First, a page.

24 November 2011, Sweetcrude, ABUJA – A civil society group, Centre for Social Justice, CSJ, has charged the National Assembly to hasten the passage of the Petroleum Industry Bill, PIB, pointing out that its analysis has shown that more than N3 trillion could be saved within the economy with the implantation of the reform law.
The Director of CSJ, Mr. Eze Onyekwere, who addressed a press briefing on an analysis of the 2012 – 2015 Medium Term Expenditure Framework, MTEF, in Abuja, noted that the thrust of the analysis was to provide evidence-based review of the framework to ensure respect for the enabling law and to fast-track and facilitate the realization of the transformation agenda of the current administration.
According to him, the National Assembly should prioritize the passage of the Petroleum Industry Bill, PIB, in order to free up resources for investments in critical sectors.
He stated that, “Expert projections have estimated that over N3 trillion will accrue from the implementation of the PIB. Thus the larger picture of what gets more resources into the Treasury should supersede the immediate gratification of removing fuel subsidy.
“The recommendation is that additional income to be derived from the passage of the PIB should be factored into government spending from the year 2013. The National Assembly should take urgent and targeted steps to pass the bill to become law.”
He added that, “Plans to increase available revenue in the Medium Term Expenditure Framework ignored the increased income that would accrue to the nation if the PIB is passed into law and the fact that the burden of Joint Venture Cash Calls may be removed from the Treasury.”
Onyekwere further said government should continue the fuel subsidy but plug leaking pipes of corruption and waste that have led to abuse of the system, adding that “individuals and companies found to have abused the system should face punitive criminal justice sanctions.”
According to him, if the government was truly concerned about saving costs as it claims as motive for planned removal of fuel subsidy, it should begin from the passage of the PIB.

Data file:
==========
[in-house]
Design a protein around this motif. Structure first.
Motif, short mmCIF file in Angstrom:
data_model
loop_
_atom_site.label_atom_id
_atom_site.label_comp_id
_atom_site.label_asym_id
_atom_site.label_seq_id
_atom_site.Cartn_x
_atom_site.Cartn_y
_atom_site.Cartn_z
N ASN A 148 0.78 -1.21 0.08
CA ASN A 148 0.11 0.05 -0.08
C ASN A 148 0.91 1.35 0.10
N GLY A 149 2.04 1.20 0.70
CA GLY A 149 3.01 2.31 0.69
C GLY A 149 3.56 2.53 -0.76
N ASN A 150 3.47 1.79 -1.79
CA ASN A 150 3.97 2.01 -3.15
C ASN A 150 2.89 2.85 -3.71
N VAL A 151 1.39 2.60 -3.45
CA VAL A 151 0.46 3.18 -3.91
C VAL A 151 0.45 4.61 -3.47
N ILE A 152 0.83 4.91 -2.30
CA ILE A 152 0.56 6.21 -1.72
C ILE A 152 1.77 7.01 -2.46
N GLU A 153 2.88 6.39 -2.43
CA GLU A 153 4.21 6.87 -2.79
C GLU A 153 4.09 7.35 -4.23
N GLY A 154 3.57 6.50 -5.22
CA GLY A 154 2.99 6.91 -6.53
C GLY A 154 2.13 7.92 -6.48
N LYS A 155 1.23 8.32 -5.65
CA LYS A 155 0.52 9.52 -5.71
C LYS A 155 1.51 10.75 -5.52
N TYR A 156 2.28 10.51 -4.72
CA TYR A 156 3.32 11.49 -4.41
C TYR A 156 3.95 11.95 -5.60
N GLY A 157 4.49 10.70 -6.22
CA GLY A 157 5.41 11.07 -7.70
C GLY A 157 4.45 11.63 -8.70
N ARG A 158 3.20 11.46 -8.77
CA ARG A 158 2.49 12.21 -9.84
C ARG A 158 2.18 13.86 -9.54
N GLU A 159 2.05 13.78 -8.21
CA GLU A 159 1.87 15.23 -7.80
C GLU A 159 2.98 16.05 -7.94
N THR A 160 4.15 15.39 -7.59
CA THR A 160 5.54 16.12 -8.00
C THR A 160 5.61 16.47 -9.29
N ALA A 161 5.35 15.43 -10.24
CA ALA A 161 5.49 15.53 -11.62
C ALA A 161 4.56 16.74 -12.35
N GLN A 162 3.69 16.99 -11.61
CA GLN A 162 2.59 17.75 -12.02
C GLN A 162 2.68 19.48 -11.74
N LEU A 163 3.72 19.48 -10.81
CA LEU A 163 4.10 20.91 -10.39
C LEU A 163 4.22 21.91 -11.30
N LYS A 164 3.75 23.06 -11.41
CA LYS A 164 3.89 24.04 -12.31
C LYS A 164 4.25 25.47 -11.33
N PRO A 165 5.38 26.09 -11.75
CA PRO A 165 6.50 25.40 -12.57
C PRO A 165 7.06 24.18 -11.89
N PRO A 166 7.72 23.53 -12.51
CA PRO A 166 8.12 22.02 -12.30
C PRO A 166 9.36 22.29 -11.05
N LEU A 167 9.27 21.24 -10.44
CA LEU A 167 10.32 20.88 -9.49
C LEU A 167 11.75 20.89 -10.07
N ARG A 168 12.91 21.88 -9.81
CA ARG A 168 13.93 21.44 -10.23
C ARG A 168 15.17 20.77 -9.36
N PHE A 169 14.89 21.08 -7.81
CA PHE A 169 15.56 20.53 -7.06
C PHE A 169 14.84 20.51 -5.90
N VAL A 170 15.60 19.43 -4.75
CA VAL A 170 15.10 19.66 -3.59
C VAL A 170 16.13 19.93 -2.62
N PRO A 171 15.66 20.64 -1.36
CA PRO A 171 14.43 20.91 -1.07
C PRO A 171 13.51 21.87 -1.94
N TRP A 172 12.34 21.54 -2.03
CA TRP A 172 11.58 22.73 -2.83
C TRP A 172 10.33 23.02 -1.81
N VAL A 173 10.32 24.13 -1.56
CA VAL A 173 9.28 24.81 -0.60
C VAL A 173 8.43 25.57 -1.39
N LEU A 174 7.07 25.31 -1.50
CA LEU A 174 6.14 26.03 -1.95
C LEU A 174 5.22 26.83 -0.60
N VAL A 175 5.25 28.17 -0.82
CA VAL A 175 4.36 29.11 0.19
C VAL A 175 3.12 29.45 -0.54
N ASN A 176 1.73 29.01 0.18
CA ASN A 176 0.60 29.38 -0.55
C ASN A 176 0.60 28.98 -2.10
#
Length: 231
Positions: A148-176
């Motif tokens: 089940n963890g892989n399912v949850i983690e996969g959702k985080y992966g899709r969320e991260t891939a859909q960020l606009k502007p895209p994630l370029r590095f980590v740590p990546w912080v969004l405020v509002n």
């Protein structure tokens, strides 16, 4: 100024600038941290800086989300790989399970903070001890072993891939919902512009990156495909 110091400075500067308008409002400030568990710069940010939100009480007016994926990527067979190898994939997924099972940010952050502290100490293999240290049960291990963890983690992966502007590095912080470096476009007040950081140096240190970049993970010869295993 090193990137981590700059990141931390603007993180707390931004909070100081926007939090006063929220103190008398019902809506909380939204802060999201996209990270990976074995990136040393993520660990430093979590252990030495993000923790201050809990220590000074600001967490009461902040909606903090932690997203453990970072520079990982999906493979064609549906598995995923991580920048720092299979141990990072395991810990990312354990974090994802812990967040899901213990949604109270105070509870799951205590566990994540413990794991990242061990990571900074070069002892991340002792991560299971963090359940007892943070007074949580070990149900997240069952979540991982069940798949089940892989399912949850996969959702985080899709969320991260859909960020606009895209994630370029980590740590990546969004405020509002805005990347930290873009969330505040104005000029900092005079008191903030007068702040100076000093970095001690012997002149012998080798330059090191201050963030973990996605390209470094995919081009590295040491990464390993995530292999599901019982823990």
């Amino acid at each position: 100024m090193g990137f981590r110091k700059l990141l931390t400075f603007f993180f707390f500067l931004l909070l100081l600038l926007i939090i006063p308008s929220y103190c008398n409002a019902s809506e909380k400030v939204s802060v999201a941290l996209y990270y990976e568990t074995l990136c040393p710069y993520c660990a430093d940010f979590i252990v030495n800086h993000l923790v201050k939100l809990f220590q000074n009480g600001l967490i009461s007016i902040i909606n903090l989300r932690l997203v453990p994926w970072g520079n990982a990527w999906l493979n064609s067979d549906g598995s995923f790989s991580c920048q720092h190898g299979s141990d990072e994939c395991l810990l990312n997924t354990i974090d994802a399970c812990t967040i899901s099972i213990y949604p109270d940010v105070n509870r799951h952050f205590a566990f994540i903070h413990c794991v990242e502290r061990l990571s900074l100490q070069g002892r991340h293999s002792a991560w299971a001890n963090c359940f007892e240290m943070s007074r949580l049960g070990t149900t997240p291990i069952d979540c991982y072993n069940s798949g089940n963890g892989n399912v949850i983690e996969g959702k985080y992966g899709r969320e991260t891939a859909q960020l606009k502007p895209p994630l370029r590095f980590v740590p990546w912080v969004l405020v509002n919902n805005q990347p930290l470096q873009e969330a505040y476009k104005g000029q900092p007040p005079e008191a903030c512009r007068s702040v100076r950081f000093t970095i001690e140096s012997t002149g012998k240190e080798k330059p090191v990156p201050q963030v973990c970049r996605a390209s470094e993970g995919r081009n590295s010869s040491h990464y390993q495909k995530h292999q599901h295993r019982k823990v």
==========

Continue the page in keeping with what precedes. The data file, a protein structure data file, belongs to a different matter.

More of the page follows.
He said, “If the government is interested in saving costs for the entire nation, and not one that would serve pecuniary interests, it should quickly move for the passage of the PIB which will re-invigorate the entire oil and gas industry.
“We do not agree with the explanations given by government as reason for withdrawing fuel subsidy when a law that affects the entire industry including upstream, midstream and downstream, is languishing at the National Assembly.”
Onyekwere stressed that the argument that subsidy removal will free up funds for infrastructure development and open up windows for investment in refineries would be best served with the prompt passage of the PIB, which will create transparency in the sector as well as significantly increase domestic gas supplies for power generation and industrial development.
He noted that, “If the executive and the legislature agree that there is a need to free up funds for government to concentrate on development, particularly for infrastructure and the social sector, then the PIB should be passed expeditiously so that a proper picture about petroleum subsidies can emerge.
“The debate about removing subsidies on petroleum products to free up resources should be tied to the debate to free up resources that government continues to invest in joint venture operations and the fact that more resources would accrue to government if the PIB is passed into law.”
He noted that more money could be saved for the economy with the passage of the PIB, given the more robust and comprehensive nature of the reform bill.
“The government claims that that fuel subsidy removal would save the country more than N1.2 trillion annually; but it is very clear that passing the Petroleum Industry Bill, part of which stipulates comprehensive reform of the downstream system – of which crude refining is captured – will do the country far more good and would ensure more robust economic and infrastructure growth for the nation,” he stressed.
Onyekwere further charged the Executive arm to show leadership over the Petroleum Industry Bill, and take full charge to ensure prompt passage, if it must convince Nigerians that it is committed to reform in the oil and gas industry.